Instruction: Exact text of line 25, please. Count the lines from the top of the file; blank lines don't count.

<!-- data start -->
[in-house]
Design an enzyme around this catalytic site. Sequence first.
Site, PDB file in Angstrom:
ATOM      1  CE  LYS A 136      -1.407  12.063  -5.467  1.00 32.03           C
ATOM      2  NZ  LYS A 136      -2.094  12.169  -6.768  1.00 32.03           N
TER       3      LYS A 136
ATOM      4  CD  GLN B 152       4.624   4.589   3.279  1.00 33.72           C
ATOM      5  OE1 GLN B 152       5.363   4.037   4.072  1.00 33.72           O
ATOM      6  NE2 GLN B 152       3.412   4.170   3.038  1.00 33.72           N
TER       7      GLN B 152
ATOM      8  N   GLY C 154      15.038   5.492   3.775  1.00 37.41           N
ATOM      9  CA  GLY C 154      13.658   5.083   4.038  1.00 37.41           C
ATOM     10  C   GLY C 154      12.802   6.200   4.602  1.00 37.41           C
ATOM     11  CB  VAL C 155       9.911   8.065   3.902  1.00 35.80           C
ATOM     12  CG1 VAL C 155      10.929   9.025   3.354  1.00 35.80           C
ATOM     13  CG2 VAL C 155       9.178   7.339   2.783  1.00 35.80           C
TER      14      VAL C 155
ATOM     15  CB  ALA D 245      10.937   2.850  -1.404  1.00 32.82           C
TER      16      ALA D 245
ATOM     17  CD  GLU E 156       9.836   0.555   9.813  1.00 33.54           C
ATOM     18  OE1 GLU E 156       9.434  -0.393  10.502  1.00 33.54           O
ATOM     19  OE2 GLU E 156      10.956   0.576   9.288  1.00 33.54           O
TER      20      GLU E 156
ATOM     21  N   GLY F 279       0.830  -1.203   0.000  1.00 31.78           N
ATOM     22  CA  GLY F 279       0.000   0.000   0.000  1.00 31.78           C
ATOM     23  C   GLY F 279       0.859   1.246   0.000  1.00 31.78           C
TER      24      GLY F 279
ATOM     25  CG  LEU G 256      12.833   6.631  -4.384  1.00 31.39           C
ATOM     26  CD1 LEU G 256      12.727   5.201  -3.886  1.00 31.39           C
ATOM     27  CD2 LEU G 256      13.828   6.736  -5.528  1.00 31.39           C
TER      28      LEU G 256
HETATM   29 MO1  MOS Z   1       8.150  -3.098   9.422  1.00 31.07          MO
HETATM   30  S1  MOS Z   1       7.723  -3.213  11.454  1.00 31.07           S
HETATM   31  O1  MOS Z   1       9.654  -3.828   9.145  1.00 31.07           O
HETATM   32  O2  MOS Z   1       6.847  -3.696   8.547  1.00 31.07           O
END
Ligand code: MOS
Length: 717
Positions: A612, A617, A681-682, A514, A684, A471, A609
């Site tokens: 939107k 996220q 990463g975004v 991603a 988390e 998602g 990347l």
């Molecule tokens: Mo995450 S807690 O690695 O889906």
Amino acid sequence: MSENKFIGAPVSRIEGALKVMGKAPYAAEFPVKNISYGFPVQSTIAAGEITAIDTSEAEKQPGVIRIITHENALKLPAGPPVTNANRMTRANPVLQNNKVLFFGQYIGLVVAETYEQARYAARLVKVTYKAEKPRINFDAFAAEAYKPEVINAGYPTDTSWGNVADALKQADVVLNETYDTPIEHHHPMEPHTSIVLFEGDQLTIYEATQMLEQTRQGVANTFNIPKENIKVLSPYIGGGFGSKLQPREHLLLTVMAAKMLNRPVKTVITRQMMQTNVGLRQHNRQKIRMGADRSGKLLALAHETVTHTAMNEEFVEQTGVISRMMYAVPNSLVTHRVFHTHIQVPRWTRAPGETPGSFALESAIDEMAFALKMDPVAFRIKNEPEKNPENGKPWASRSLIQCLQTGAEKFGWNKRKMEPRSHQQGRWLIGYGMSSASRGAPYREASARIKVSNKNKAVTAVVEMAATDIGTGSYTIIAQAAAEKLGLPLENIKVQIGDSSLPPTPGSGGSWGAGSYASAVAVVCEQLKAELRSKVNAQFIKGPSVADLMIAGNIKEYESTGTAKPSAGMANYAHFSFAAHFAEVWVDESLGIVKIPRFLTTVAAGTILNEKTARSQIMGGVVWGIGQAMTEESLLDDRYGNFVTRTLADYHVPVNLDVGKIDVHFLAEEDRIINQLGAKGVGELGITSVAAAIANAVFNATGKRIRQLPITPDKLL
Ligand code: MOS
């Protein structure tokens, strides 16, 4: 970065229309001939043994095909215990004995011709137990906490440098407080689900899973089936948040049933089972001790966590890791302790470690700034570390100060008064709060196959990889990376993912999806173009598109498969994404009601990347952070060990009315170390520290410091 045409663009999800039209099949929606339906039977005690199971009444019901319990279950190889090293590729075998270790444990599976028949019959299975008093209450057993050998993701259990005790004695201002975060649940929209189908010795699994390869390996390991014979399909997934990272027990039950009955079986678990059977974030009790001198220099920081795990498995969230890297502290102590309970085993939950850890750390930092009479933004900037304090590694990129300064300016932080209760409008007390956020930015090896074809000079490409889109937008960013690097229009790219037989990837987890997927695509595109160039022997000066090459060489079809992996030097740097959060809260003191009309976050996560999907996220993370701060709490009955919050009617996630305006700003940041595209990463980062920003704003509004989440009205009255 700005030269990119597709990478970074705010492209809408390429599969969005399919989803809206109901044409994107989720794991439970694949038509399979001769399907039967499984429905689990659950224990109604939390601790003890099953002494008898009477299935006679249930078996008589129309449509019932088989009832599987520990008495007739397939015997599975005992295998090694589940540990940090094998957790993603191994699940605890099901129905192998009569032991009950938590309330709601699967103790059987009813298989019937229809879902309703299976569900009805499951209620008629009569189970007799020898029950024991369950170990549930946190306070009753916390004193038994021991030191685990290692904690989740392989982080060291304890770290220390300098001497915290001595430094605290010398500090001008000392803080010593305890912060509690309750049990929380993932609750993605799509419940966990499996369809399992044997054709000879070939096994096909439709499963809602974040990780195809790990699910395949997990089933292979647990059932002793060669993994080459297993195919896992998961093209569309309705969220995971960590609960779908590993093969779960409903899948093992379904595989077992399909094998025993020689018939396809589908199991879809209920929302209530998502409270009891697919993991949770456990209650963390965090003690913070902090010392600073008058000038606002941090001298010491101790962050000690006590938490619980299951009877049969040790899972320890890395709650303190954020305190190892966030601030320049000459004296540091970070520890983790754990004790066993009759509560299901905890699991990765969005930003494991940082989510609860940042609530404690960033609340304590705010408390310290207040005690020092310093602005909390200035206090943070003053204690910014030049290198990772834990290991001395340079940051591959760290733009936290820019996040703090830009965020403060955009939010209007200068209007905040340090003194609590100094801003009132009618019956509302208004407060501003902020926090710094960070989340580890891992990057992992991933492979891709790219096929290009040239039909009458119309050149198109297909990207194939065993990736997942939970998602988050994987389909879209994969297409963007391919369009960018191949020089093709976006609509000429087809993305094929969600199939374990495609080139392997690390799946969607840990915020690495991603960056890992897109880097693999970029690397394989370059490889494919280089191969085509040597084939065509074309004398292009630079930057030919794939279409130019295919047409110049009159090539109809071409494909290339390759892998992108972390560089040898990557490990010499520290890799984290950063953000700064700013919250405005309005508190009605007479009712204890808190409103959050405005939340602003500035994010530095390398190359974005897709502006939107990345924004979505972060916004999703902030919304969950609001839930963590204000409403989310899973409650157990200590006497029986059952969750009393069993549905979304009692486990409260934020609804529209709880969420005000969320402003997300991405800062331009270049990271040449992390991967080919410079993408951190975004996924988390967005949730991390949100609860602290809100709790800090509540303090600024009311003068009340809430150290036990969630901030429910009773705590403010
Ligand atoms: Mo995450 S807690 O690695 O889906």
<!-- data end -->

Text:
ATOM     22  CA  GLY F 279       0.000   0.000   0.000  1.00 31.78           C